[Note:  The National Building Regulations state that walls and fences to a maximum height of 1,8 m are regarded as “minor building work” and do not require plans. So whilst the City of Cape Town allows walls and fences to be a maximum of 2,1 m, unless they rule otherwise, plans will be required.]

  • The District Manager has the right to relax these height requirements at his/her discretion.
  • At least 40% of the surface area of any street boundary walls, including gates, if these are provided, must be visually permeable – ie you need to be able to see through close to half of the wall and gate.
  • Boundary walls and fences must be measured from the existing level of the ground that abuts the wall or fence. If the level of the ground on opposite sides of the fence or wall are not equal, the height should be measured from the higher of the two sides. If soil is retained by a boundary wall, the maximum permitted height of the retained soil is 2,1 m. This should be measured from the natural ground level in front of the wall. A balustrade wall not exceeding 1 m in height is permitted above the level of the retained soil.

[Note: Plans are required for retaining walls.]

  • Where two intersecting street boundaries of any property enclose an angle of less than 135 degrees, the maximum permitted boundary wall height above street level within 4, 5 m of the intersection of the boundaries is 1 m.
  • Electrified fencing and other forms of security fencing must also comply with these requirements.

Important Provisions of the NBR
and Building Standards Act

The provisions of Section 4 of the National Building Regulations and Building Standards Act, No 103 of 1977 (ie the legislation), are applicable which means that prior written authority must be obtained from the City when erecting a boundary wall or fence. More specifically, Section 4 of the Act relates to: ”Approval by local authorities of applications in respect of erection of buildings”, and states that people must:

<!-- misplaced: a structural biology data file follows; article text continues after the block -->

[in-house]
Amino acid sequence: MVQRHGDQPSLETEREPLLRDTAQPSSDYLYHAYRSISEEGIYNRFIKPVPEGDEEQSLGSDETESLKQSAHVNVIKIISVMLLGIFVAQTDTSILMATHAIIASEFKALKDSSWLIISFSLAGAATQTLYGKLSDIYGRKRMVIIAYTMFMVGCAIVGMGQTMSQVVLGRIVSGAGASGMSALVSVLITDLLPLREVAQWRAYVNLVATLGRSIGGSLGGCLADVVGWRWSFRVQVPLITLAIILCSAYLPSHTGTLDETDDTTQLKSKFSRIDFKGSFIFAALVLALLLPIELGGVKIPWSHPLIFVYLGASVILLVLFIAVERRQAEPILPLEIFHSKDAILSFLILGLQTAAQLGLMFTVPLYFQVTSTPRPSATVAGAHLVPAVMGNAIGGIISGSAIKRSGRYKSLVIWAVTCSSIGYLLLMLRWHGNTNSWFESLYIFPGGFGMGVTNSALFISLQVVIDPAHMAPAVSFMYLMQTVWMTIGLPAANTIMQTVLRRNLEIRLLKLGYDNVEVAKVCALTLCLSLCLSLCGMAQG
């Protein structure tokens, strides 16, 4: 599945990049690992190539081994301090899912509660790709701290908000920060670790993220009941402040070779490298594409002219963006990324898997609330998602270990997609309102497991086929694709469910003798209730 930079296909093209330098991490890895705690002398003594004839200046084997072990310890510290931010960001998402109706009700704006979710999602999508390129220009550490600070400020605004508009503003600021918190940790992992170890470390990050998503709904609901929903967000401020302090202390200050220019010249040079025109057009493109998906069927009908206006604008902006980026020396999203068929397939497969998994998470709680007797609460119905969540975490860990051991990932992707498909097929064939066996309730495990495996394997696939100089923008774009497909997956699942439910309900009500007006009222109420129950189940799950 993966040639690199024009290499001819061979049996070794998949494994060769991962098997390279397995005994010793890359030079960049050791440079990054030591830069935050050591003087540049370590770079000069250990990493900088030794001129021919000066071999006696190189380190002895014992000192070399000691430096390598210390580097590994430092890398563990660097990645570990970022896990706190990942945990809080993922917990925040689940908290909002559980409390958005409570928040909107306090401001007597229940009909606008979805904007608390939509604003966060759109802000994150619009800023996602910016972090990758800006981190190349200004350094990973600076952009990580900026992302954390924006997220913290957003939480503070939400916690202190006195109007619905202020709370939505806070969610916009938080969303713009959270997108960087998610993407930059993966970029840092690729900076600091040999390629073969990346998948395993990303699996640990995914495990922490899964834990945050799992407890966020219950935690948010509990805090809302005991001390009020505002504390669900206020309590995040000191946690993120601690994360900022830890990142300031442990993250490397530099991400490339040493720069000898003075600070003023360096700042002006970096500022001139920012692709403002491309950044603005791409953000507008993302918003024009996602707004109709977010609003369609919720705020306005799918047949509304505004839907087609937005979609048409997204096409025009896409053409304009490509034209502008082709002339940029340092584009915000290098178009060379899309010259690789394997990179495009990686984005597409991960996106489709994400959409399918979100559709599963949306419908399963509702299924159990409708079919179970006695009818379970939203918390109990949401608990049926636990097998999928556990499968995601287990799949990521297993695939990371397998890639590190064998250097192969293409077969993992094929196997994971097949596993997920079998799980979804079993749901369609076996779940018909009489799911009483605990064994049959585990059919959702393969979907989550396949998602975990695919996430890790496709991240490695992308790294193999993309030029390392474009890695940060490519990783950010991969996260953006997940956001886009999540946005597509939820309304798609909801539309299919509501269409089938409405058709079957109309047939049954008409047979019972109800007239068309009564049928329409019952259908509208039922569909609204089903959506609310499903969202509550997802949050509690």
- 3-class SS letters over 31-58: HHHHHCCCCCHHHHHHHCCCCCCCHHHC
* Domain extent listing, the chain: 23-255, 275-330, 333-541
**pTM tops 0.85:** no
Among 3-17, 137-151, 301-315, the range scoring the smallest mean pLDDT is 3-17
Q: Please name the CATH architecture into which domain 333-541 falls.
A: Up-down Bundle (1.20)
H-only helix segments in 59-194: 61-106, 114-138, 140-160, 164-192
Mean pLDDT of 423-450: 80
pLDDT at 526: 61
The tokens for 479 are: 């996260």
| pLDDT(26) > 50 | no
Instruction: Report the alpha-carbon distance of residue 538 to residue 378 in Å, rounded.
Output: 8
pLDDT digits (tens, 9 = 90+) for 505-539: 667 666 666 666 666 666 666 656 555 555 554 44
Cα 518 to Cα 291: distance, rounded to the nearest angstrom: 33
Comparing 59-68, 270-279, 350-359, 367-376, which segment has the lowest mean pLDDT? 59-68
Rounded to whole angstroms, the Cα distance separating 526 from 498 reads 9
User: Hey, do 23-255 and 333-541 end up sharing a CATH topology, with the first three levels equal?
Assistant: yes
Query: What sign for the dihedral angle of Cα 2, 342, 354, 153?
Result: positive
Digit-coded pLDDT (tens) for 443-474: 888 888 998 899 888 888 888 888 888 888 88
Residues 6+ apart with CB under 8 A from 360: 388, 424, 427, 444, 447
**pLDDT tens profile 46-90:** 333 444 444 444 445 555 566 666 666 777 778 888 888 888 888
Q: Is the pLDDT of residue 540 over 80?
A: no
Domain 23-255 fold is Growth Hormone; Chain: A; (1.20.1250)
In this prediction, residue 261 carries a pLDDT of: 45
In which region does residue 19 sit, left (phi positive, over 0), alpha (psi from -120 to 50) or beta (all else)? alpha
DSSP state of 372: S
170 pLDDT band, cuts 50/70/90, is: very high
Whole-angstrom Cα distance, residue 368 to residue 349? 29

1. get written approval from the local authority after plans and specifications have been submitted to the local authority
  2. submit all applications in writing on the form supplied by the local authority
  3. supply the name and address of the person applying for permission to build together with the necessary plans, specifications etc. required by the National Building Regulations and Building Standards
  4. be aware that anyone who contravenes the Act will be guilty of an offense and liable (if convicted) to pay a maximum fine of R100 per day for every day spent erecting and building illegally.

The Building Control Officer has indicated that the provisions of Section 13 of Act 103 dealing with work of a minor nature are also applicable.

Note that this is not a reference to the section in the Act that refers to minor building work

Section 13 of the Act relates to “Exemption of buildings from national building regulations and authorization for erection”, and it states that any building control officer may exempt property owners from the need to submit plans or authorize erection of a building in accordance with specific conditions and directions.

Note that the City of Cape Town has seen fit to draw attention to this section in terms of walls and fences (not only buildings as such).


Boundary Walls and Fences Policy. City of Cape Town, Directorate: Strategy & Planning; Department of Planning & Building Development Management; Development Policy & Processes Branch. January 2009.

Reader’s Digest Family Guide to The Law in South Africa. The Reader’s Digest Association South Africa (Pty) Ltd. Cape Town. 1986.

  258 Responses to “Boundary Walls and Fences”

Comments (258)
  1. Hi